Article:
There’s no question that a bad marathon can be hard to get over because you have poured so much time preparing for it. But after a week, it’s important to pick yourself up, dust off, and figure out how to make the next one better. Start channeling your energy into the next event and focusing on getting it right.

Finally, at the end of the day, have some perspective. Yes, running is a big part of our lives, but unless we’re elites, it shouldn’t dominate our happiness. We run because it brings us joy, and letting a bad race bring us down for an extended period of time kills that joy.

I love this perspective. To get more advice from Amanda, be sure to check out her running blog. And thank her for contributing to this article!

If your goal is to run a fast marathon – or have the most pleasurable experience possible – remember these guidelines:

  • Train smart in the months leading up to the race
  • Pace yourself appropriately
  • Choose an easy course without monster hills
  • Pick a race that isn’t in the heat of summer or dead of winter

Follow these “rules” and you’ll maximize the chances of running a great marathon.

And if things didn’t go well for you, you now have the opportunity to analyze your race, figure out what went wrong, and be more strategic about your marathon approach next time.

Need help planning for your marathon? See how a personal training plan can help you accomplish all of your goals.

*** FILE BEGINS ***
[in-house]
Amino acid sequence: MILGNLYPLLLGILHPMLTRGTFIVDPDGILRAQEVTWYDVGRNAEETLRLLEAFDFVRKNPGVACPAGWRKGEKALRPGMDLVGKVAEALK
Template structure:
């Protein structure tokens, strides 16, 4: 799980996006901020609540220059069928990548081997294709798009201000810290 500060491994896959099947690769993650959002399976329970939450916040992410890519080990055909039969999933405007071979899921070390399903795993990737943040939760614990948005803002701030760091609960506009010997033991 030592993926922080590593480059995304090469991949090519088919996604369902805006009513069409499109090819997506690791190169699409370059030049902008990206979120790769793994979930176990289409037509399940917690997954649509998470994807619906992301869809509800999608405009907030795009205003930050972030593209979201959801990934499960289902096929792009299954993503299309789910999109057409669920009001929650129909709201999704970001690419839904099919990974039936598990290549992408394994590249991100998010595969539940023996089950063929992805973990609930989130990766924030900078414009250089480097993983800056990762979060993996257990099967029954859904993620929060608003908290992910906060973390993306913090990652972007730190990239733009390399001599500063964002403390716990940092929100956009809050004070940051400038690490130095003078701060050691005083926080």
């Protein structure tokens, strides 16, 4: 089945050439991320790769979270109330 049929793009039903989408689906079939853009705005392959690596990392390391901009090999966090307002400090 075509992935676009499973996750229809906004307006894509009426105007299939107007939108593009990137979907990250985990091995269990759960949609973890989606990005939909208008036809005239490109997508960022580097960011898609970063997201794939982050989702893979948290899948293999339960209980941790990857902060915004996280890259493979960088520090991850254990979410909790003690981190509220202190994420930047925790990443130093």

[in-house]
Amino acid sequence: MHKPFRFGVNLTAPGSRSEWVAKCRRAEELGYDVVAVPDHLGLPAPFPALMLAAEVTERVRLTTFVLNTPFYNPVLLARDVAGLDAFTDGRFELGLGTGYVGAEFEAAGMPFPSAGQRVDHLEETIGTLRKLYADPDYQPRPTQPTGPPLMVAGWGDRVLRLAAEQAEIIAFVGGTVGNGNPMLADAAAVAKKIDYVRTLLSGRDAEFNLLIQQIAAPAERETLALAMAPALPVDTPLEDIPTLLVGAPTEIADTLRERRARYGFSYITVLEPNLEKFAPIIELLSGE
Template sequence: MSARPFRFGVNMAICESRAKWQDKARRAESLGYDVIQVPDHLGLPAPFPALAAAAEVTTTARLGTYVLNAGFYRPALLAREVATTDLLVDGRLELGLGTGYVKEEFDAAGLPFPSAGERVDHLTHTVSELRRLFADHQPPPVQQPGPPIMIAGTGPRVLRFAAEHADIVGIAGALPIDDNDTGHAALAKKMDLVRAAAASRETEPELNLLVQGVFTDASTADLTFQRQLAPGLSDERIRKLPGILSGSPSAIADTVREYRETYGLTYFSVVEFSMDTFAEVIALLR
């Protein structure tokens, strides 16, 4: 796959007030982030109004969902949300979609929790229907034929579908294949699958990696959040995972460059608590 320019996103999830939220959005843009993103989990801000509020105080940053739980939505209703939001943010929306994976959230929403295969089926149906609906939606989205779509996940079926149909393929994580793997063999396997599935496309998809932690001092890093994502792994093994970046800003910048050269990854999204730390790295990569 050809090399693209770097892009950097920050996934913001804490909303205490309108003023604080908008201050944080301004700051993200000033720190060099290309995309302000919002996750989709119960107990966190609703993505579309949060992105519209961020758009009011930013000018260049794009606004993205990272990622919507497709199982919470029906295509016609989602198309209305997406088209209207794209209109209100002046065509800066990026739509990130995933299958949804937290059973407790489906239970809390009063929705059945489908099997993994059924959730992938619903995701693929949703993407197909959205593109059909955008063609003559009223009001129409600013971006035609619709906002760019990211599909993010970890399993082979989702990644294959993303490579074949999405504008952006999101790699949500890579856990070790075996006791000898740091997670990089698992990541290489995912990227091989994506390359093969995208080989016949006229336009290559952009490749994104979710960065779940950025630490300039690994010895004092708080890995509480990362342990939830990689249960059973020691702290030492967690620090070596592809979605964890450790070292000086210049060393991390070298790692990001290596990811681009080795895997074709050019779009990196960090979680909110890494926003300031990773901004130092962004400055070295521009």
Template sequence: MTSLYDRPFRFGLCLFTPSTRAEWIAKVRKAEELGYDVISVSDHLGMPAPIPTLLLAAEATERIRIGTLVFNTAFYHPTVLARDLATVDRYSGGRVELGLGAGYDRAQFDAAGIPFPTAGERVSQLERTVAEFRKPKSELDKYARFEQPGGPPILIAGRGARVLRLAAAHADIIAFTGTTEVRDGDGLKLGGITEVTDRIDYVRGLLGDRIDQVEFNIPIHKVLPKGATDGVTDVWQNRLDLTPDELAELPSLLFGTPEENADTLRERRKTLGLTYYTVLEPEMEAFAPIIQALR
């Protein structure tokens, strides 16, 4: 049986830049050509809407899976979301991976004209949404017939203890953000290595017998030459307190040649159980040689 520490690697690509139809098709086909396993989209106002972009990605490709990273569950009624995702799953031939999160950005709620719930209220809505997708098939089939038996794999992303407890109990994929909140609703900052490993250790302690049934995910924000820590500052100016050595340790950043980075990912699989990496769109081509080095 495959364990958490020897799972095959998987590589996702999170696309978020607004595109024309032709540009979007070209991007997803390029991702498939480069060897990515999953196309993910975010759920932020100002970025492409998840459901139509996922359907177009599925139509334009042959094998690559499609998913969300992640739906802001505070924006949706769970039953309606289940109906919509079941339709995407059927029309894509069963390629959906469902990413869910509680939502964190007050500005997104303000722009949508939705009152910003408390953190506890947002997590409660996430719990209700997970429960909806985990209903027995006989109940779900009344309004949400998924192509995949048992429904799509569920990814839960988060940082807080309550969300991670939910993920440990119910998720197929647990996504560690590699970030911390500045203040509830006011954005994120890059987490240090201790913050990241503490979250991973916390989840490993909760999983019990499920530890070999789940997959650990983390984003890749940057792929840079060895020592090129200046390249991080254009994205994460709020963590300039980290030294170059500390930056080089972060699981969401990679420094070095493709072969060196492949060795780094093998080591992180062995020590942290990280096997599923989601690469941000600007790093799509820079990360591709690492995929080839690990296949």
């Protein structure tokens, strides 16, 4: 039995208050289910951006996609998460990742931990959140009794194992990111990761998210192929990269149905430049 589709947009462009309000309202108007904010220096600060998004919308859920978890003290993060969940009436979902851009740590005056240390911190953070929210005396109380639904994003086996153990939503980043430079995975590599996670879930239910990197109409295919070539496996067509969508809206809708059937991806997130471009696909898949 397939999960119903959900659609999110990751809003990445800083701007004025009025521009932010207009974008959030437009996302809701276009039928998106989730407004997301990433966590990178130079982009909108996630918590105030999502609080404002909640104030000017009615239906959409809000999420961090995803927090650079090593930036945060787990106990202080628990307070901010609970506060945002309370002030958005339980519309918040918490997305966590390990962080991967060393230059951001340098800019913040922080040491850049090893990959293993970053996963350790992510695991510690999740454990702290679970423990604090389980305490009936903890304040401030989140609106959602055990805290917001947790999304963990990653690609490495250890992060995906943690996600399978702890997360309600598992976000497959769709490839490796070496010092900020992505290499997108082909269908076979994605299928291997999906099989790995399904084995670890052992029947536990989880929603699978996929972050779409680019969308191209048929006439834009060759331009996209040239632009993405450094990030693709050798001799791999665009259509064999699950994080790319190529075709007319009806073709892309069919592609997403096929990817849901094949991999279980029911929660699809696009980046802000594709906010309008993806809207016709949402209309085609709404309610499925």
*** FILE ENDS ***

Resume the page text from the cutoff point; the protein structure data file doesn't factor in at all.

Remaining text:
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  1. I would also like to add, see what surface you will be running on. I’ve had a couple races not go as expected from long stretches of gravel or sand. 🙂

  2. Thank you so much for including me! Great article full of really important advice.

  3. I ran a horrible marathon 5 months ago and really haven’t had the will to run more than 26.2 miles in a month since.

    The stupid thing is I followed my race strategy perfectly, but the strategy was so ridiculously stupid that I zombie-walked the last 8 miles. Looking back, I should have stepped over in the grass at about mile-18, curled up in a ball, sucked my thumb, and taken the wagon of shame back to my car. I would have been better off in the long run.

    On a side note, I think what you’re doing really helps a lot of people, Jason. That includes me. Your blog posts are thought-provoking, well-researched, and full of useful information.

    There’s many ways to benefit humankind and you’ve found one of them and you do it well. keep up the good work.

  4. Joe Greene says:

    There actually is a Couch-to-Marathon program:

    • Terrible idea. So irresponsible. BUT… this is 52 weeks! Who writes a 52 week training plan? And more importantly, who can actually follow it with no recovery weeks? I’m aghast at this.

      • Joe Greene says:

        I did use it as an outline to start getting some mileage buildup. I replaced some of the runs with other ideas I’ve culled from your site and a few marathoners I know, and I’ve taken 2 week long breaks since starting running again. I’m also a crazy long range planner, so this was exactly the kind or big picture I needed to see.

        I’ll use a real marathon plan once the time rolls around to actually run one (December), but this did help me envision just how slowly I needed to start after nearly a year of ITB and other issues.

  5. Hi,

    Great post on how to take lessons from the bad chapter of our life. You are right, losing a race isn’t the end of our life. It was just a chance to test our self. Analyze the preparations and mistakes. Taking necessary actions to remove those weakness we can become more strong.

    Wonderful and inspirational article, thanks for sharing 🙂